Donate Child Support Calculator
Skip navigation

Involved dads reduce problem drinking in daughters

Involved dads reduce problem drinking in daughters
Tuesday, 15 March 2011

by Myles Gough
Cosmos Online

According to new research, young adults whose parents monitor their social interactions may be less likely to display impulsive behaviour and to have alcohol-related problems - particularly if the parent is of the opposite gender.

SYDNEY: Impulsive behavioural traits linked to alcohol-related problems in young adults are less likely when parents of the opposite gender are perceived to closely monitor their social interactions, a new study suggests.

The study looked at different parenting styles to gauge their effectiveness and focussed on parents individually rather than grouping them as a unit. The results showed that higher parental monitoring by mothers and fathers can reduce the likelihood of opposite gender children developing a problematic relationship with alcohol.

Most people seem to think that women will grow up fine if they just have a good mother around, but this suggests just how important the presence of an involved father can be to the behavioural regulation of women, said lead author Julie Patock-Peckham, assistant professor of psychology and neuroscience at Baylor University in Texas.

Dont forget about dad

Past studies have shown that lower parental monitoring - the extent to which parents are familiar with their childrens friends, whereabouts and social lives while growing up - can contribute to riskier behaviours in adolescent youth including drug and alcohol abuse, and increased delinquency.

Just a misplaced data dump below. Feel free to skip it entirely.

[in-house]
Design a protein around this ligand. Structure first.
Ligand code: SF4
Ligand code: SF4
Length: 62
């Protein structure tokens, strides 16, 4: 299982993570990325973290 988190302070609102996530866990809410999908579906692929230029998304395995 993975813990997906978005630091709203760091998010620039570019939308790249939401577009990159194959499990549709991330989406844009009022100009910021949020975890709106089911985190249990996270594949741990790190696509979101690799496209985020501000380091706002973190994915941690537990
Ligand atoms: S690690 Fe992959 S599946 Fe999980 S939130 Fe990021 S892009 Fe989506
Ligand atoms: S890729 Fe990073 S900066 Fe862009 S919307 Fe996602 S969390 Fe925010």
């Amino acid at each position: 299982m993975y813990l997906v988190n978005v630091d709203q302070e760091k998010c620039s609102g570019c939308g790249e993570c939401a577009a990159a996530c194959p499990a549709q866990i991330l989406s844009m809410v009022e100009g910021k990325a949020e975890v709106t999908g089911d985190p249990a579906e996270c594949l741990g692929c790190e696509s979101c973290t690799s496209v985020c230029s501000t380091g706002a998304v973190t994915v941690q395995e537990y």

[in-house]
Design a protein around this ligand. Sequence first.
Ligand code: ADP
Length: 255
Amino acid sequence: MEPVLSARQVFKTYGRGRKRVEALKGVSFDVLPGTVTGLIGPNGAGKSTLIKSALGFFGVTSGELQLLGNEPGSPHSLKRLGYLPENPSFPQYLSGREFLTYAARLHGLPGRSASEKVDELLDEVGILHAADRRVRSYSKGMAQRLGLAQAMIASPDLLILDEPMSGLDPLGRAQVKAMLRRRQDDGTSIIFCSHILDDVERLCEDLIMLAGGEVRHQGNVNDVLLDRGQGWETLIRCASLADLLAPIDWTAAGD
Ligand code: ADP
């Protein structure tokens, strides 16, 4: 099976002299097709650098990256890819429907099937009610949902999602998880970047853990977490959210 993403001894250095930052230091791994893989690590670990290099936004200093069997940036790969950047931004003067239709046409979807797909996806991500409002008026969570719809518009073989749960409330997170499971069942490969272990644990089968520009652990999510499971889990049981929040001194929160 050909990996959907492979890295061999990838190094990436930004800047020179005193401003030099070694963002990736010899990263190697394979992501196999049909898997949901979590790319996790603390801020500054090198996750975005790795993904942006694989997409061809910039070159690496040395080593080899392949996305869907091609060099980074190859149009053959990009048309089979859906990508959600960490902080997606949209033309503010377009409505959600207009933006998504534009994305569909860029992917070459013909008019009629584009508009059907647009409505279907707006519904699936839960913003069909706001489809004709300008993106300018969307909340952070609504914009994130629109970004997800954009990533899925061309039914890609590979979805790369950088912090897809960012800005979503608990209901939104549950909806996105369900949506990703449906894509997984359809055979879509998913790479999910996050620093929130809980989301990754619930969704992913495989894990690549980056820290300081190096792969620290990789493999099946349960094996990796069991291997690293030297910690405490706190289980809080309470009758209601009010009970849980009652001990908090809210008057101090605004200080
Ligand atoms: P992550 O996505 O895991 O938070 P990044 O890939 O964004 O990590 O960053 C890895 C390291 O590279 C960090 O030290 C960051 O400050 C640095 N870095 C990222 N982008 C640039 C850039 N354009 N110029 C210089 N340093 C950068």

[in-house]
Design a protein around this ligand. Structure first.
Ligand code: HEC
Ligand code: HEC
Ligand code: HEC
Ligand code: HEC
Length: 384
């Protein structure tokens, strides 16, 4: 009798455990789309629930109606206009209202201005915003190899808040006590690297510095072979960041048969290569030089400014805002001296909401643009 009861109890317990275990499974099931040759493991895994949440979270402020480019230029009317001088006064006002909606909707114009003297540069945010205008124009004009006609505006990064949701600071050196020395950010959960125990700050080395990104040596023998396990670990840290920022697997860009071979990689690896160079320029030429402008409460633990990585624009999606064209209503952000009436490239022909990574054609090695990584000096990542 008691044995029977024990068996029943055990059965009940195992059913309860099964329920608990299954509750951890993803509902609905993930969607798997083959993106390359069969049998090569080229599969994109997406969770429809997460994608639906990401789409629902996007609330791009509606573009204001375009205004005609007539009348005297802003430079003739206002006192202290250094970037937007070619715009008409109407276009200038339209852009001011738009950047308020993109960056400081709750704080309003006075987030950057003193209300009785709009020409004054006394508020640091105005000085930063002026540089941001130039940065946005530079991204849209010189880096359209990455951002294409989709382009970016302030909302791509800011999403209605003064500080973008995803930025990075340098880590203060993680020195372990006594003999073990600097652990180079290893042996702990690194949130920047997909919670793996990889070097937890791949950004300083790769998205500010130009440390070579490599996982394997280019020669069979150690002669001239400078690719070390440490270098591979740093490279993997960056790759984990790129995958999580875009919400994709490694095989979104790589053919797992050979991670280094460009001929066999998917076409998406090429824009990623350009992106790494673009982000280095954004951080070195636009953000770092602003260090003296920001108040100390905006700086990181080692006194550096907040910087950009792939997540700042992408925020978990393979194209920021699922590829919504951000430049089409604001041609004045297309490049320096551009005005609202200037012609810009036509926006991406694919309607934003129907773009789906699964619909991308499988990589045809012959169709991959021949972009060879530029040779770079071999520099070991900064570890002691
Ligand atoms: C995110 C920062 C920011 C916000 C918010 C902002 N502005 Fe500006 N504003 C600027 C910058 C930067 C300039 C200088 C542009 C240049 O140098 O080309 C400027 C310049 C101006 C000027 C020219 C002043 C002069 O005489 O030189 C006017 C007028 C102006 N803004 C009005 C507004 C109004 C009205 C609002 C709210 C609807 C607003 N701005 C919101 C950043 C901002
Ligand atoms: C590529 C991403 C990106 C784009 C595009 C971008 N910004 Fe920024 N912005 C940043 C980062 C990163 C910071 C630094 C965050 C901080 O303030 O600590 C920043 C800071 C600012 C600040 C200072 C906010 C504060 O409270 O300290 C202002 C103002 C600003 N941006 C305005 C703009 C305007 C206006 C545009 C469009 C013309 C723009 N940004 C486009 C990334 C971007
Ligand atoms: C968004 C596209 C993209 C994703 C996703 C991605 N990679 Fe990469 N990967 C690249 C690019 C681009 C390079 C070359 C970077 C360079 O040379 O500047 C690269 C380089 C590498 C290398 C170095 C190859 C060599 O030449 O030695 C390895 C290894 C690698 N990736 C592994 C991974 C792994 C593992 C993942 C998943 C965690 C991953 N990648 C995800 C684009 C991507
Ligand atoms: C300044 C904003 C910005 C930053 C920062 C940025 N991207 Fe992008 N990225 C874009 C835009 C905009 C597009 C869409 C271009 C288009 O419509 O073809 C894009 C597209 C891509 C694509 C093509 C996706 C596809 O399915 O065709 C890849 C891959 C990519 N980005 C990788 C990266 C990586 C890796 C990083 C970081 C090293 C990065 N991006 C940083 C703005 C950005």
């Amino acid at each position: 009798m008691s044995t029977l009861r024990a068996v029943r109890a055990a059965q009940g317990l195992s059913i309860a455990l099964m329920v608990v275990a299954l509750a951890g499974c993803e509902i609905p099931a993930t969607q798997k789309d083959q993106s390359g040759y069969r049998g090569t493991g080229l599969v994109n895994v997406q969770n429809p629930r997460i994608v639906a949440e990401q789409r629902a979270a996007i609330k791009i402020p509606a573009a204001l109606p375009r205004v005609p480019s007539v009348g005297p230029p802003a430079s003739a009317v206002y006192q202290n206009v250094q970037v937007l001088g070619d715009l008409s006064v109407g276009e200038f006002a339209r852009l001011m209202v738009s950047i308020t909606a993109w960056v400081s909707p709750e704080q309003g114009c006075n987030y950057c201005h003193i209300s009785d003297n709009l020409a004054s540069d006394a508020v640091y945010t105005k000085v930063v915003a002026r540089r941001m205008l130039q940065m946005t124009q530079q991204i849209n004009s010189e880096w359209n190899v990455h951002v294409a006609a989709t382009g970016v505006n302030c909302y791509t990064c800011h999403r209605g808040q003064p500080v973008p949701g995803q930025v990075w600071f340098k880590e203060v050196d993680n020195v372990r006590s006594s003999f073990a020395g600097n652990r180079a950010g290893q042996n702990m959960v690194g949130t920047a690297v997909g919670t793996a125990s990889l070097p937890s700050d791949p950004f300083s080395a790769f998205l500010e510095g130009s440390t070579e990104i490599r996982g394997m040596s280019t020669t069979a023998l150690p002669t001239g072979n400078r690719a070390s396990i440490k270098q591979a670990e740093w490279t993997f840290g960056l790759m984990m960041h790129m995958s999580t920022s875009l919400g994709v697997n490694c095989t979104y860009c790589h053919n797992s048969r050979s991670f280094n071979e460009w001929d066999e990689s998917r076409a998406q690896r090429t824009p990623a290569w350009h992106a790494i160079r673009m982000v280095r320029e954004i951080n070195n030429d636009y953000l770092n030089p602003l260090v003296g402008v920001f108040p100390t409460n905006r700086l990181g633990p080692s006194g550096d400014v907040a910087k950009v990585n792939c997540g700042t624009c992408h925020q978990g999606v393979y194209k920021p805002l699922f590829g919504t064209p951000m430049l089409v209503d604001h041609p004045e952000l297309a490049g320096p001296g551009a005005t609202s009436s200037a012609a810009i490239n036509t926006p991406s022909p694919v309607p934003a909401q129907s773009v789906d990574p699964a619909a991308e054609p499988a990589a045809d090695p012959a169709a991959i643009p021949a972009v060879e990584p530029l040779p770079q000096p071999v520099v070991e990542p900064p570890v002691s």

The value of parental monitoring in preventing impulsive behaviour has been previously documented, but because this study looked at fathers and mothers separately, it was able to link the development of impulsive traits to the monitoring role of opposite gender parents.

Our findings suggest that for impulsiveness, cross-gender parental monitoring may be important, said Patock-Peckham of the report published in the Journal of Studies on Alcohol and Drugs. This just means that researchers need to always measure influences from both parents simultaneously  If we forget about fathers we only get half the story.

Evaluating parenting styles

Researchers examined three parenting styles: authoritarian, authoritative and permissive. Authoritarian parents set strict rules but show little interest in their childrens social lives; authoritative parents set rules but play a more active role in their childrens social interactions; and permissive parents tend to behave more like friends, with very little social monitoring.

They surveyed 581 U.S. college students, asking them how they perceived their parents  distinguishing between mother and father  and about their own alcohol-related behaviours. They then created a model to test this data, conducting statistical analyses to achieve their results.

The study found that daughters who perceived their fathers to be permissive and less aware of their social interactions were indirectly linked to more alcohol-related problems due to more impulsive symptoms.

However, perceptions by daughters of an authoritative father with stronger monitoring of their social lives were indirectly linked to fewer impulsive traits. These results were similar when observing the relationship between sons and their mothers.

Recent Tweets